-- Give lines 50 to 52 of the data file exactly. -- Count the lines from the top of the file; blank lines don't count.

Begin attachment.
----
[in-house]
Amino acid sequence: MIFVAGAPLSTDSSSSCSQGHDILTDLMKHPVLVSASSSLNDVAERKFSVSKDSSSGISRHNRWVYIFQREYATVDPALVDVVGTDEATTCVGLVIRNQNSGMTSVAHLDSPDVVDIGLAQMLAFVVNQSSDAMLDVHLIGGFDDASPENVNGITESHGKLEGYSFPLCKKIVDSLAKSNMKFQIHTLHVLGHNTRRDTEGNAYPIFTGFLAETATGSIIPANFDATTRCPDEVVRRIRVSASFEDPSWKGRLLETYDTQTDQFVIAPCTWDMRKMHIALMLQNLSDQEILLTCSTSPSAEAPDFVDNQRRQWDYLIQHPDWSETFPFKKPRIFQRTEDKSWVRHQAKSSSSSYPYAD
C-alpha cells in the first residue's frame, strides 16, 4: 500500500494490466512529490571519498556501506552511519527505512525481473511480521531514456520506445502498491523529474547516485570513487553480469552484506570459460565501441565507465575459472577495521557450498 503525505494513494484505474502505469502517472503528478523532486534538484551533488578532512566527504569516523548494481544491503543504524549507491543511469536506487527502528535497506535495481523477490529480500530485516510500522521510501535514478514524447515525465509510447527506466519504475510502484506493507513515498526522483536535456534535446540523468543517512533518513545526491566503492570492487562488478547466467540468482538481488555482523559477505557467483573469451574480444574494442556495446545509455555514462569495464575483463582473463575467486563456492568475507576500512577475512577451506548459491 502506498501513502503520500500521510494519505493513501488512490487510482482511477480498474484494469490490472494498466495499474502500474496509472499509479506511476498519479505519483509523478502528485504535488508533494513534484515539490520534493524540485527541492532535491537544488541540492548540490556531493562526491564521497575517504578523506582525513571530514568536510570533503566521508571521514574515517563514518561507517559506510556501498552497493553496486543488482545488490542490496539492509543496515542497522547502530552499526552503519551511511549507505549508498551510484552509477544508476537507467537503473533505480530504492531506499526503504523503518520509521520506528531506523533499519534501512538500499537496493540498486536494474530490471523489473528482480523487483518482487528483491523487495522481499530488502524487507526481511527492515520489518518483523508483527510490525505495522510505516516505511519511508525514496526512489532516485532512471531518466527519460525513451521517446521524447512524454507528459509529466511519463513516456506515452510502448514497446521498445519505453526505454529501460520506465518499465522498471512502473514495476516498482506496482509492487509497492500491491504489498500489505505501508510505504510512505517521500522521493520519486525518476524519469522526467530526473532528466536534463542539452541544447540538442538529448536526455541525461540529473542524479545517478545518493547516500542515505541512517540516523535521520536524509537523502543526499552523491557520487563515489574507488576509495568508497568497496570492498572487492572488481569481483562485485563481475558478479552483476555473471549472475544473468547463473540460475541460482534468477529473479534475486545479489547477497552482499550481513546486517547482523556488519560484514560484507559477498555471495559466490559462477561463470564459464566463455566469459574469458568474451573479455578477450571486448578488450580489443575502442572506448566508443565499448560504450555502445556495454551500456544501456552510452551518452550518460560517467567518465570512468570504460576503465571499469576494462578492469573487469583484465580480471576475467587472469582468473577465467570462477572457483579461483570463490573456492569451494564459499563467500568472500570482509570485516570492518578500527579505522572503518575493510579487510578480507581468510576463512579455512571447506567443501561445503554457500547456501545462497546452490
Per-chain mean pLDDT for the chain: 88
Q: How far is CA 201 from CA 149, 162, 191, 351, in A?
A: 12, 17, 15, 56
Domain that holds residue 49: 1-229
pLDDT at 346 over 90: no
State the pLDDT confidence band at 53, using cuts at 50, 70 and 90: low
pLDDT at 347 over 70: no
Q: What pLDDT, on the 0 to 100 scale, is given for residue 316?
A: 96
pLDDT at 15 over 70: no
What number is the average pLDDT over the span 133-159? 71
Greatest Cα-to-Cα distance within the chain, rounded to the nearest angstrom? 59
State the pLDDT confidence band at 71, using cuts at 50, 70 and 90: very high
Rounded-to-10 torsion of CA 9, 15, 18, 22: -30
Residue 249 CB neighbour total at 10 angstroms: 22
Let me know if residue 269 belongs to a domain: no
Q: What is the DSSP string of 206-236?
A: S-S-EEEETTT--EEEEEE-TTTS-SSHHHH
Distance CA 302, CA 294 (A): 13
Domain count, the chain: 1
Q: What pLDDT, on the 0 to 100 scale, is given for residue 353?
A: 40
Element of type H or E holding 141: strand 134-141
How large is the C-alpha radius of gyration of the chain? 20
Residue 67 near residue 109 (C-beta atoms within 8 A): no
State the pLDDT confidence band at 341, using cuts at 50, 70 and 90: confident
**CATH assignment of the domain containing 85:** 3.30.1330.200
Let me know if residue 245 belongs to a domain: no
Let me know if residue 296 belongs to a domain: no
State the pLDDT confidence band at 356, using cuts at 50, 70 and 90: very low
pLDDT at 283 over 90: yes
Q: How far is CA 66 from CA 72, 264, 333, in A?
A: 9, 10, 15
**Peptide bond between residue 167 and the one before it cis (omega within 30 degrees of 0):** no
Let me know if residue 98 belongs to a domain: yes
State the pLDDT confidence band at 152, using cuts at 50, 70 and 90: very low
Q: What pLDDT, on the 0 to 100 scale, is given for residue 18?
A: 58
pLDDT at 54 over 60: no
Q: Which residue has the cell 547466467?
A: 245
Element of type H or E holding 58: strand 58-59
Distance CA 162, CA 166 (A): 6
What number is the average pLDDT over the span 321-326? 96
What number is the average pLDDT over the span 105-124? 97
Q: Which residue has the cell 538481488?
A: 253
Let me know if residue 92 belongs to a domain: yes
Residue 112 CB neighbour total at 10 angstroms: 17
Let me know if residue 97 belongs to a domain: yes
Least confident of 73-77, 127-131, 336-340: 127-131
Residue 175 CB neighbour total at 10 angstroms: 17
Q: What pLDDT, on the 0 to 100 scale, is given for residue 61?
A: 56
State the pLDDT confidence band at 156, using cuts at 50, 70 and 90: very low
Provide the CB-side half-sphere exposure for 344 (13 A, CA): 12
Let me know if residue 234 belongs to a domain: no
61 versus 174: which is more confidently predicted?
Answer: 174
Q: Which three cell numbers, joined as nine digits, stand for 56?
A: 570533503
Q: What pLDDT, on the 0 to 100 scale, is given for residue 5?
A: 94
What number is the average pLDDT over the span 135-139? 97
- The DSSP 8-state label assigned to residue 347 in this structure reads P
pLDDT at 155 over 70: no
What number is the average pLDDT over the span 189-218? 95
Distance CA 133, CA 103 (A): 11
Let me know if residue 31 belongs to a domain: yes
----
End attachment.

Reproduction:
A: 253
Let me know if residue 92 belongs to a domain: yes
Residue 112 CB neighbour total at 10 angstroms: 17